Green shoots are flourishing amid a concrete gyratory system in East London. But London's tech startups have very different stories to tell.
The UK Government is keen to hail the success of technology businesses centred around London's Old Street area, known as 'Silicon Roundabout'. Many of these businesses are web 2.0 and social media based - with one or two notable exceptions. As such, they have very different experiences obtaining funding.
GPEG is one of very few hardware technology companies based in London, and is the largest developer of electronic displays for gaming, consumer and professional markets. Founded in 2005, the company employs 13 people and is privately held.
Operating from Woolwich in South London, GPEG is a few miles from Silicon Roundabout, but London has proved a good location for recruitment, says Nick How, the company's CEO. "Before this I ran a company in Dublin, which is great but made for painful recruitment," he says. As a relatively small company, How believes that GPEG will continue its impressive growth.
"There is still a lot of the market that we haven't penetrated yet, and our biggest customers have not been spending to their full capacity in recent years. The opportunity for growth is still large."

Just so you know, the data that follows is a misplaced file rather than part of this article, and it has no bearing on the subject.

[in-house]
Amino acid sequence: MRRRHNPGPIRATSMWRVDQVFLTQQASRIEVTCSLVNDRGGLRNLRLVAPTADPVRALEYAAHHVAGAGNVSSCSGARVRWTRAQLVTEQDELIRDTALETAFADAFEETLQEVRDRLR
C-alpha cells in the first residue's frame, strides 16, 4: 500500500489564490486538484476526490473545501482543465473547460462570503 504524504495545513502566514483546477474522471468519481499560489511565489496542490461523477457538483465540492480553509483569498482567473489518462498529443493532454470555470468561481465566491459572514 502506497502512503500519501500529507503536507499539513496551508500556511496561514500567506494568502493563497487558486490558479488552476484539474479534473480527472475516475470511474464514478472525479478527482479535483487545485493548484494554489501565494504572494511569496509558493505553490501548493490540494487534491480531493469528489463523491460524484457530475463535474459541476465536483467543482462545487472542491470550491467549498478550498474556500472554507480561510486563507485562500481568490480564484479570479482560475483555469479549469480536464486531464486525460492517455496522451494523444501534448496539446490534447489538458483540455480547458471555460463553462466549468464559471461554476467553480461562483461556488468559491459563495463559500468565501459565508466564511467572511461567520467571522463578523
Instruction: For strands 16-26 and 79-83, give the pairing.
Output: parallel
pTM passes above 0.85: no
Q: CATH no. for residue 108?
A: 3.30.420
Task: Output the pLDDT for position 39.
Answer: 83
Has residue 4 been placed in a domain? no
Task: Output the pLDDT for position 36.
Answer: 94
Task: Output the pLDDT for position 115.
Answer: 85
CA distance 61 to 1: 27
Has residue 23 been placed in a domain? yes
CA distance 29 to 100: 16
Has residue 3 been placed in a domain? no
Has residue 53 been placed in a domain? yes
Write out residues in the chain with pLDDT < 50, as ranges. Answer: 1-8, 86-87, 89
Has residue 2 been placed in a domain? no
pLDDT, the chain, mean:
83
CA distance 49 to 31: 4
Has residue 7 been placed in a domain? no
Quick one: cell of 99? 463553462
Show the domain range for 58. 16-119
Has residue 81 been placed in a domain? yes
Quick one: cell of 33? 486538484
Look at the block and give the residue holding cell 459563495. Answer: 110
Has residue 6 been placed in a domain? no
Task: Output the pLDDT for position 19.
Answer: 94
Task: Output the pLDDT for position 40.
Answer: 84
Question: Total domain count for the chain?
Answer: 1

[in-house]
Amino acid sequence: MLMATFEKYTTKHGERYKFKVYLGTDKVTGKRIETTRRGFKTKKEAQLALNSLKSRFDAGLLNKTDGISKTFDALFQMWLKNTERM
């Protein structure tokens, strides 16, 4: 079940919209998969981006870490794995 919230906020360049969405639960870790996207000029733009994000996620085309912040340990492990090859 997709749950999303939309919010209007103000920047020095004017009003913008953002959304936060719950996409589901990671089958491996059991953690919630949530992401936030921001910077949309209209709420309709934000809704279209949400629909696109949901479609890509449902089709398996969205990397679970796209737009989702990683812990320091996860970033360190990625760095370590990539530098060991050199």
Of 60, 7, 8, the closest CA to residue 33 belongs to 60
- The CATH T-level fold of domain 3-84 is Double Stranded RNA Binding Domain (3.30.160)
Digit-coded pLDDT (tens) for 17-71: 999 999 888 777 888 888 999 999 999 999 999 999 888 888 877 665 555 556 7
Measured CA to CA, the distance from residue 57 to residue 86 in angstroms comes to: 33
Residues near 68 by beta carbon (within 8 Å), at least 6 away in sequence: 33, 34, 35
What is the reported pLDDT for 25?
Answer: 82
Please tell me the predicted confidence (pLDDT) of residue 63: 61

However, a lack of funding means that the company cannot grow as rapidly as How may like. "If you look at what funding is available, you can either invest in new technology or expand, but you can't do everything. For that reason we focused on building sales and used that organic growth to fund expansion, including opening our first office in Italy during 2011,"'he says.
Another significant challenge for any growing business is dealing with red tape and health and safety. However, a more significant concern for GPEG is intellectual property and how it can be protected. "Understanding patents, IP protection and so on is much more of a priority for us," says How. "It is difficult sometimes for small businesses to protect their assets and understand the intricacies of the rules."
Finding skilled staff is a constant challenge and the UK labour market simply doesn't have enough people with the skills GPEG needs, says How. "We struggle to find electrical engineers in the UK - for one recent vacancy 90 per cent of the candidates came from outside the UK. We don't have enough people with the right skills."